People running abusive Twitter accounts should be "educated" instead of banned, Twitter tells Oireachtas committee
Twitter has also claimed that its users can tackle hate speech on the social network by publicly stating that they disagree with it.
The social network told Irish politicians that “counterspeech” created solidarity for people suffering online abuse, while also claiming that not banning abusive trolls gave Twitter a chance to “educate” them.
The internet giant appeared alongside Facebook and Google at an Oireachtas justice committee examining online abuse on Wednesday.
The committee meeting comes after it emerged that a young mixed-race family have decided to leave Ireland after suffering racial abuse and death threats online.
Fiona Ryan, 33 and her fiancée Jonathan Mathias, 32, had appeared in an advertising campaign for Lidl alongside their 22-month-old son. After the television and billboard advertising appeared, racist accounts started harassing the couple on Twitter. The couple have now decided to leave their home in Meath following a death threat.
Asked about the abuse the Ryan family suffered, representatives from Twitter told TDs and senators on Tuesday that they had deleted one tweet which was aimed at the family.
Karen White, a director of policy at Twitter’s European headquarters in Dublin, said that she would sympathise with anyone who has experienced targeted abuse or harassment.
White said that Twitter had moved away from a “binary system” of banning abusive users where “you break the rules, your account is suspended.”
She claimed that instead, Twitter was now using a range of measures including asking users to delete individual abusive tweets because it believed it could “educate” them.
“The objective there from these enforcement actions is really to try to educate people to bring them back into compliance,” she said.
Jack Chambers, the Fianna Fáil TD, asked White if deleting one tweet was a “weak” response.
She said: “Progress in this area in relation to the type of behaviour that you’re talking about is incredibly tough and I think there is a wider societal issue that needs to be addressed here.”
Ronan Costello, a public policy manager at Twitter, claimed that abuse could also be tackled through “counterspeech”; when other Twitter users challenge or disagree with hate speech.
“Not referencing any particular case but when someone tweets something that the majority of Twitter users - be it in Ireland or other countries - find distasteful or offensive, we often see - or our users see - that the number of tweets that reject the premise of that tweet, reject its content and thereby create a majority around that far outnumbers the number of people who agree with the original tweet,” Costello said.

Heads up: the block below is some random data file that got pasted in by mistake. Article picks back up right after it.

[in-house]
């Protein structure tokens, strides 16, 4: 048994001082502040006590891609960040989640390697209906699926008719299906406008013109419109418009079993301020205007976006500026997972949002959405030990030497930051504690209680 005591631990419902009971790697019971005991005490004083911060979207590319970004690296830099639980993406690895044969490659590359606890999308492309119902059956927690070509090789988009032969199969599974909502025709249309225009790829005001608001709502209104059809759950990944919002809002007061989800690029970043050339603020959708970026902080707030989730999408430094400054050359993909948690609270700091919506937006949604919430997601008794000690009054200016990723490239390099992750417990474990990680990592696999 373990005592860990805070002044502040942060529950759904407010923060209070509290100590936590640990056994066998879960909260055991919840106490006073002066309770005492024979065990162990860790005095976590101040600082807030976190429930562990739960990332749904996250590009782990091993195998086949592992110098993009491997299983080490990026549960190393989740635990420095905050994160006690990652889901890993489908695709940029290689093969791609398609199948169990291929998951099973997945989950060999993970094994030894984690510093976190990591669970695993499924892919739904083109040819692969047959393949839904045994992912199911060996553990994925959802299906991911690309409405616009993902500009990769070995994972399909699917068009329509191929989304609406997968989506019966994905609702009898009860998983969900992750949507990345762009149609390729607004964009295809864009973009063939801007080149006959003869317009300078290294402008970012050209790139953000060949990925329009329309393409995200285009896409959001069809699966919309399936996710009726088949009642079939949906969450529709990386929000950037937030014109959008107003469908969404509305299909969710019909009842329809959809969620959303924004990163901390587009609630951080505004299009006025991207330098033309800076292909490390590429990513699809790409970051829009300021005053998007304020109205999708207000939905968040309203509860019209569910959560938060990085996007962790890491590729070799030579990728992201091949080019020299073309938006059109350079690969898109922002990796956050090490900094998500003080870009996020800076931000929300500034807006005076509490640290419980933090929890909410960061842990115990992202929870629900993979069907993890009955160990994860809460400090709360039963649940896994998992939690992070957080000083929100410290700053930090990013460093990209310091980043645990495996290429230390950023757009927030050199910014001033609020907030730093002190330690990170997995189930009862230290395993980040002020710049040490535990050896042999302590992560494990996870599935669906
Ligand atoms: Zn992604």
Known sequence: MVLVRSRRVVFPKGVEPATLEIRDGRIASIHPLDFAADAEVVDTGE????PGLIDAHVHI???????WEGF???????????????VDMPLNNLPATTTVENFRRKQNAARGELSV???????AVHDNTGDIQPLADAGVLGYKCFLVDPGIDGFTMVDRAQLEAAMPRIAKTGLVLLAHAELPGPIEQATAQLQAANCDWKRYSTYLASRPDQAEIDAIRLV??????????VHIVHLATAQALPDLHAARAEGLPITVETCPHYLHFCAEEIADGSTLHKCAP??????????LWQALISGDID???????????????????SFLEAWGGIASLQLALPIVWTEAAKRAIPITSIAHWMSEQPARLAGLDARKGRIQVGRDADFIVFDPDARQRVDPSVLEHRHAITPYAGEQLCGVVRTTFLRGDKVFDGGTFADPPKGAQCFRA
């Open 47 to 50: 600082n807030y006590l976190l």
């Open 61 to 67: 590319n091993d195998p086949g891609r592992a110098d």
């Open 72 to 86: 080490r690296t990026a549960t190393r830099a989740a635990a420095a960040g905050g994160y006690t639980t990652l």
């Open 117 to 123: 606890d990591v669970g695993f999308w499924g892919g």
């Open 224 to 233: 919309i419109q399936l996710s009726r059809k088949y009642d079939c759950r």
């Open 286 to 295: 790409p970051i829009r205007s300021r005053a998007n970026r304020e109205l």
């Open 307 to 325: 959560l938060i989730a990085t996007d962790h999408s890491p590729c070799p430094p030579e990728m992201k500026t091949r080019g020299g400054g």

He added: “I would say that people who may disagree with an original tweet that they may find distasteful or offensive are creating a consensus of solidarity around the opposing point of view.”
The same committee meeting also heard that Facebook’s artificial intelligence failed to spot the Christchurch terrorist’s livestream of his attack for what it was, because it was a video from the first person. Dualta Ó Broin, Head of Public Policy for Facebook Ireland, said that the social network is working with police to fix this problem.
Caoimhghín Ó Caoláin, the chair of the committee, challenged Facebook about a page on its social network which had included offensive commentary about senior staff at Quinn Industrial Holdings. An offensive post, which had compared management at QIH the the “notorious Shankhill Butchers”, was not removed by Facebook until after Kevin Lunney, the chief operating officer at QIH, was violently attacked.
Mr Ó Broin said that the post wasn’t initially found to be in violation of its community standards, but was “re-reviewed” and removed after Mr Lunney was attacked.
"Having looked back at the post, what we should have done is take the wider context into account when the post was initially reviewed. That didn't happen,” he said.
Representatives from Twitter, Facebook and Google all refused to be drawn on whether or not their platforms should be subject to stricter regulations, and said it was a matter for legislators.